1998 BMW M3 Sedan 3.2L Straight 6
Lives up to the title of the "Ultimate Driving Machine"
Tear in leather on the rear seat, some wear on the driver's seat.
Sunroof motor conked out.
Rear passenger side door will not lock/unlock while using the electronic locking system/key fob.
SRS light is continuously lit (apparently a common problem on these cars)... just haven't bothered to get it inspected/reset.
Shift lever has a "loose" feel, especially when engaging 5th.
Some rattling from shift knob or some part of the centre console while cruising in top gear.
Minor, slow oil leak.
Wheels went out of balance, resulting in violent shaking in the steering wheel.
Right front brake stuck for several kilometers before returning to normal.
Rear speaker blown (heavy "farting"/rattling under bass load)
I suspect the cigarette lighter may have failed.
BMW geeks will know this car means business, but the average Joe on the road sees another German luxury sedan. This is such an awesome sleeper car with a Jekyll & Hyde personality: it can be very civilized and palpable while short-shifting around town, but open the throttle wide and boy does she ever move!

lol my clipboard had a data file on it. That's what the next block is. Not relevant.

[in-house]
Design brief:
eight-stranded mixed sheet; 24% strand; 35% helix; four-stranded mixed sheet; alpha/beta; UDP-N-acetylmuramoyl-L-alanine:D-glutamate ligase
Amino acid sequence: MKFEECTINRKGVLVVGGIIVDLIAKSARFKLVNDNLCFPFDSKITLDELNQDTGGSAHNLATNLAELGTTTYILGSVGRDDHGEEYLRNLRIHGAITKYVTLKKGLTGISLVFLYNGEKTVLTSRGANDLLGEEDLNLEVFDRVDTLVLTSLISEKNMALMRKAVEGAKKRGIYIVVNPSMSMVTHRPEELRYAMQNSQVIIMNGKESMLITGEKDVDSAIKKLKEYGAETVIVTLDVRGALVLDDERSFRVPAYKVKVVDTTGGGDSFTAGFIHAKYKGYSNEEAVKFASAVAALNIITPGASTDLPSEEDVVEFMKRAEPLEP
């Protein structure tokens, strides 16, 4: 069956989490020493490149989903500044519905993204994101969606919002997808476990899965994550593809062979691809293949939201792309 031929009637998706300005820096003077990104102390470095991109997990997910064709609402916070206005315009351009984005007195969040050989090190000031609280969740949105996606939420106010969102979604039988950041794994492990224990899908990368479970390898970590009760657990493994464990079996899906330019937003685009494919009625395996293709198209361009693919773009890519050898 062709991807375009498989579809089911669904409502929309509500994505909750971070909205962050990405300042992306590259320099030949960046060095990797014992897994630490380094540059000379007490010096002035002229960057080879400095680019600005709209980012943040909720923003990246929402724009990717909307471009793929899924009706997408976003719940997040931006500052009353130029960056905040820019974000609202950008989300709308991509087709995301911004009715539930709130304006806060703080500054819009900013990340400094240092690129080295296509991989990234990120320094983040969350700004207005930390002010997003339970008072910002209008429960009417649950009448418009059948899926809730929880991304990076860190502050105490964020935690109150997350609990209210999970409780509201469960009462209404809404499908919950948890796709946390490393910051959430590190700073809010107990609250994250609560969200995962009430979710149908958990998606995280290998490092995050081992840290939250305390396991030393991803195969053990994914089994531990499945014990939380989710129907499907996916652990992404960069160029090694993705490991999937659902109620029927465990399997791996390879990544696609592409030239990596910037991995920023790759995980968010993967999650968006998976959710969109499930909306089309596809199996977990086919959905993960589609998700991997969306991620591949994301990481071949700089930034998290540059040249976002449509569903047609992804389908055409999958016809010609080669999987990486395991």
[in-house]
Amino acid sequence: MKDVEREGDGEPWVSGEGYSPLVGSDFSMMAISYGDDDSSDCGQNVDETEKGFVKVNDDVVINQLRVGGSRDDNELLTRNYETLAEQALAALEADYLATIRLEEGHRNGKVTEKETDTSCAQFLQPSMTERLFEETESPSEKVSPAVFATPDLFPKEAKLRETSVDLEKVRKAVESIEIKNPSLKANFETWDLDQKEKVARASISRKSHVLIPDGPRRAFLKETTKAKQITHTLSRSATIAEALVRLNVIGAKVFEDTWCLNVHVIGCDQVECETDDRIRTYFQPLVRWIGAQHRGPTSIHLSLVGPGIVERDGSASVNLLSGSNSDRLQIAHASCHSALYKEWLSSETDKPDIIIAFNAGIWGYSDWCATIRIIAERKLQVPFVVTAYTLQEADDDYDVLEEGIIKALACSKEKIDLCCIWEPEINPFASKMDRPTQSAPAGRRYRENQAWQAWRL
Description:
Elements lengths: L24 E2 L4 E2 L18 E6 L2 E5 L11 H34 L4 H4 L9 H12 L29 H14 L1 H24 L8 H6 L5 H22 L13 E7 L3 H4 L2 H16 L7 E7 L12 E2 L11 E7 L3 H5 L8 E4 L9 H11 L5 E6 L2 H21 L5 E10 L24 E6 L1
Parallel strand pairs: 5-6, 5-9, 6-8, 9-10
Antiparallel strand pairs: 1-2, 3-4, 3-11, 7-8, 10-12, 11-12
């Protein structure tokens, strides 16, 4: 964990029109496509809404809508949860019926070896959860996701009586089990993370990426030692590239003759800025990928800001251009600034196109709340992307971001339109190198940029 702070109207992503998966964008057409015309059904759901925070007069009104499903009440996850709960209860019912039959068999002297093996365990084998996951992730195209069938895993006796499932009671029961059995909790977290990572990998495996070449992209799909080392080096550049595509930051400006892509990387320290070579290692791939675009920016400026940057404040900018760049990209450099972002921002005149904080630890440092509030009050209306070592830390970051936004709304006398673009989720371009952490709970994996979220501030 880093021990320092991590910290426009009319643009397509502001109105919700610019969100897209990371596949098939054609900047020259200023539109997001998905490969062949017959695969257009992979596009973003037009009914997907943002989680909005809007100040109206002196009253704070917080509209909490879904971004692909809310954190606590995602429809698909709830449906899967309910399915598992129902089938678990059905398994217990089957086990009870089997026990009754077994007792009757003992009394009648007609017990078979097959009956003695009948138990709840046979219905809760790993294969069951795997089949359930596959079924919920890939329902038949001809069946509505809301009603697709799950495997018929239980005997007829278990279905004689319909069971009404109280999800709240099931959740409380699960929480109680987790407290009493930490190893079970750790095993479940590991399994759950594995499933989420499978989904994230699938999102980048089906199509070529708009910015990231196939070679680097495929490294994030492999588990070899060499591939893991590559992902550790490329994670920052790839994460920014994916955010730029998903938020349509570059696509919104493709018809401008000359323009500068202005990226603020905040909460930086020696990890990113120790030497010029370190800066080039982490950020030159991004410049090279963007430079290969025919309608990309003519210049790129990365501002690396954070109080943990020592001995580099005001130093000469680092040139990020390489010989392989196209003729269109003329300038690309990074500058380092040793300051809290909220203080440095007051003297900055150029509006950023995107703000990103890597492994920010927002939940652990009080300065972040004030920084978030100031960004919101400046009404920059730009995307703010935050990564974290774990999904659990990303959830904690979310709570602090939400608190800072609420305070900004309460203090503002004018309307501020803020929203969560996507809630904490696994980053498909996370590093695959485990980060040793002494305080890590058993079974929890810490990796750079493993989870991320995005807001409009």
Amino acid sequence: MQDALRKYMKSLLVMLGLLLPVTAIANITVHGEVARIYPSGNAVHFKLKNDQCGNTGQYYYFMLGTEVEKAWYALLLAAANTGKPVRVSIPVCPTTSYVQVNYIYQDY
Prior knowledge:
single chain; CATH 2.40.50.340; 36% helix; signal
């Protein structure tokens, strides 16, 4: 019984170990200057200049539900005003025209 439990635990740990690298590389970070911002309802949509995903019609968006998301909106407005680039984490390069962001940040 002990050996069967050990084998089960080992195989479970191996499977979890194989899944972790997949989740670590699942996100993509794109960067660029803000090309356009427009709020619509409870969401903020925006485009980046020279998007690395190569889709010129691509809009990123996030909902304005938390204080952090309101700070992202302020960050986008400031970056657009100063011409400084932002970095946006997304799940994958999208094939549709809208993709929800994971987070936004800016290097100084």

It is way, way too easy to get this car up to illegal speeds, and there have been more than a few occasions where I've inadvertently doubled the speed limit while moderately running through the gears.
Weight distribution is legendary BMW perfect - so much so that when doing a grocery run, those extra 20 or 30 pounds in the trunk become noticeable! The car corners on rails, and the fat rear tires do a plenty good job of hugging the road while accelerating in corners. Steering is very direct as well - enter a decreasing radius turn and all you have to do is dial in more wheel lock! Highway cruising is also exceptional with a very smooth, confident ride and the short top gear - while not the greatest for fuel economy - means you rarely need to downshift to overtake slower traffic.